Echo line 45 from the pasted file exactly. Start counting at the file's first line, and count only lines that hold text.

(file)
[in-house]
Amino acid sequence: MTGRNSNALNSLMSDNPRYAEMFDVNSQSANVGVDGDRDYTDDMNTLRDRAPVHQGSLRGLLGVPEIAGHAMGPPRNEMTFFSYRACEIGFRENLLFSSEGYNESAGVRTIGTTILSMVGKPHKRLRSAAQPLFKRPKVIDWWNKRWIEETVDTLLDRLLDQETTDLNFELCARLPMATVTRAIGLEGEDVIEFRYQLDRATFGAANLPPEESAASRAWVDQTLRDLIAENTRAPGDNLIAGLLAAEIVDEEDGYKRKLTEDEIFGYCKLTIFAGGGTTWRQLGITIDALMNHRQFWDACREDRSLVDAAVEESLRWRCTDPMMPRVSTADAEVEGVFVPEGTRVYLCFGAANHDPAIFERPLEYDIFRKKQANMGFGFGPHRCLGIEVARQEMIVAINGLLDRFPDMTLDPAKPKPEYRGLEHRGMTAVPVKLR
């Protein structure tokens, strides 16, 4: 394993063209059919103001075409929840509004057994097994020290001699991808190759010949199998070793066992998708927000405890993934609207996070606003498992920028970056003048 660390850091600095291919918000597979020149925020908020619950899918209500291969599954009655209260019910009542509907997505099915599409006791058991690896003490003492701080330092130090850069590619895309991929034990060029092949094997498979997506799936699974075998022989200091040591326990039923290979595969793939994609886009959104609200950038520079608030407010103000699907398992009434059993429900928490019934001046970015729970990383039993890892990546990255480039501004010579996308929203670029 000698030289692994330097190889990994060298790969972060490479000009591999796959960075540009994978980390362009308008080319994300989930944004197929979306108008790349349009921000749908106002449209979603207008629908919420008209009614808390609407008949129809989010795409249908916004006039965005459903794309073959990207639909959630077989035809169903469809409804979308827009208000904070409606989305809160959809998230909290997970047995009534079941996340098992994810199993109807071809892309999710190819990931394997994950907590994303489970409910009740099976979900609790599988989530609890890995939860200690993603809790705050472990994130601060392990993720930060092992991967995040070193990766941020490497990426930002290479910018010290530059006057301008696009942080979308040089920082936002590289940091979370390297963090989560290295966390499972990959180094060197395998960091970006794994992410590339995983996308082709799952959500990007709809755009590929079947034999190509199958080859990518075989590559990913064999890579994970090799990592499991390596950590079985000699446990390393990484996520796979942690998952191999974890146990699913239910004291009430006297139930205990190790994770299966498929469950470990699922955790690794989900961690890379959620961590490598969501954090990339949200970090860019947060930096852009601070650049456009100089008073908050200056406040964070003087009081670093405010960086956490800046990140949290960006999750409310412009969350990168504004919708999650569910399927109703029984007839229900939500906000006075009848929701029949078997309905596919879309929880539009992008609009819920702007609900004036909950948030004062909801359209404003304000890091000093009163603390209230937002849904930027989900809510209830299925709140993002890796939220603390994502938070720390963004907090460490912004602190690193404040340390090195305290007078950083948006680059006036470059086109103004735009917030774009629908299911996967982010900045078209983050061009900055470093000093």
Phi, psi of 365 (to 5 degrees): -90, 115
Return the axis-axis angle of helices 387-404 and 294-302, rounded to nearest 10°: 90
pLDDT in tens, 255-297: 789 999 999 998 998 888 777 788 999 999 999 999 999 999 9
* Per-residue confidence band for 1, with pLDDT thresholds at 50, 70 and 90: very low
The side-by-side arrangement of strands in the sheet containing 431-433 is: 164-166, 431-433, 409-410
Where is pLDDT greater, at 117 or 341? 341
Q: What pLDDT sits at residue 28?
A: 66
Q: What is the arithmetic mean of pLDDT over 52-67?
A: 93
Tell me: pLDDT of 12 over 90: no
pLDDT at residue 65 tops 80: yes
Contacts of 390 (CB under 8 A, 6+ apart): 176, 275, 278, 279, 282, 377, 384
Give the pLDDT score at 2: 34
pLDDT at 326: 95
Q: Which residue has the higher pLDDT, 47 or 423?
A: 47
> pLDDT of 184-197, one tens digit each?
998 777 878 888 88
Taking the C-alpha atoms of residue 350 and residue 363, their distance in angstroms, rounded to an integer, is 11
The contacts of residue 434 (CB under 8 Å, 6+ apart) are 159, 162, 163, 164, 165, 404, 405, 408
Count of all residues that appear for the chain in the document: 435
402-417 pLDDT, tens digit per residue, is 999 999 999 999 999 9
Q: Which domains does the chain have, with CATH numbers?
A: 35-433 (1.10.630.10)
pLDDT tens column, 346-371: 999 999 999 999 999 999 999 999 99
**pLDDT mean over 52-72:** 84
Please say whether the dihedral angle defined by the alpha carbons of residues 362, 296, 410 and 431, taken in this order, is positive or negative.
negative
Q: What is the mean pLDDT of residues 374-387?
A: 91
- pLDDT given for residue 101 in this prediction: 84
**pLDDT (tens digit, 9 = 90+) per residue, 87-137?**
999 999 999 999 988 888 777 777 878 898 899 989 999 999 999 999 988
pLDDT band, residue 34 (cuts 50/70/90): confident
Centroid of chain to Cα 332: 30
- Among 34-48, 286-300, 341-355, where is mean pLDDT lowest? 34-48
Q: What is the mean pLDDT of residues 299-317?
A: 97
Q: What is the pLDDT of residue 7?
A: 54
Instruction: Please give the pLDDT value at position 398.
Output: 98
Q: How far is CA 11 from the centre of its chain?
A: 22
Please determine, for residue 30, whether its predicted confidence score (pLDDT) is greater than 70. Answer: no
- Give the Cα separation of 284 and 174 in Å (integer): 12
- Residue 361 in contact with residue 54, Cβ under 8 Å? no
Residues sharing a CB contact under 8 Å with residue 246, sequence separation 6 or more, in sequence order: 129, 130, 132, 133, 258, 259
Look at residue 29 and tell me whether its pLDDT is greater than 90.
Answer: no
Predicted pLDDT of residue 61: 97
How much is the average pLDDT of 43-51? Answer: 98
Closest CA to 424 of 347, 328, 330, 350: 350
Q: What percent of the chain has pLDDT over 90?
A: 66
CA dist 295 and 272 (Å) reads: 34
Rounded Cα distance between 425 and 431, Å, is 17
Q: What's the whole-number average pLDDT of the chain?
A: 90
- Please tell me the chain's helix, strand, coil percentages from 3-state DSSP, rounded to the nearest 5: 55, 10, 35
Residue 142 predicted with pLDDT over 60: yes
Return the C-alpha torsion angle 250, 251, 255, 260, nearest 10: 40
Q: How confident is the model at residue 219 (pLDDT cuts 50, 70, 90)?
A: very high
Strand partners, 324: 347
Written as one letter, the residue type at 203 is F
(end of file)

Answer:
Instruction: Please give the pLDDT value at position 398.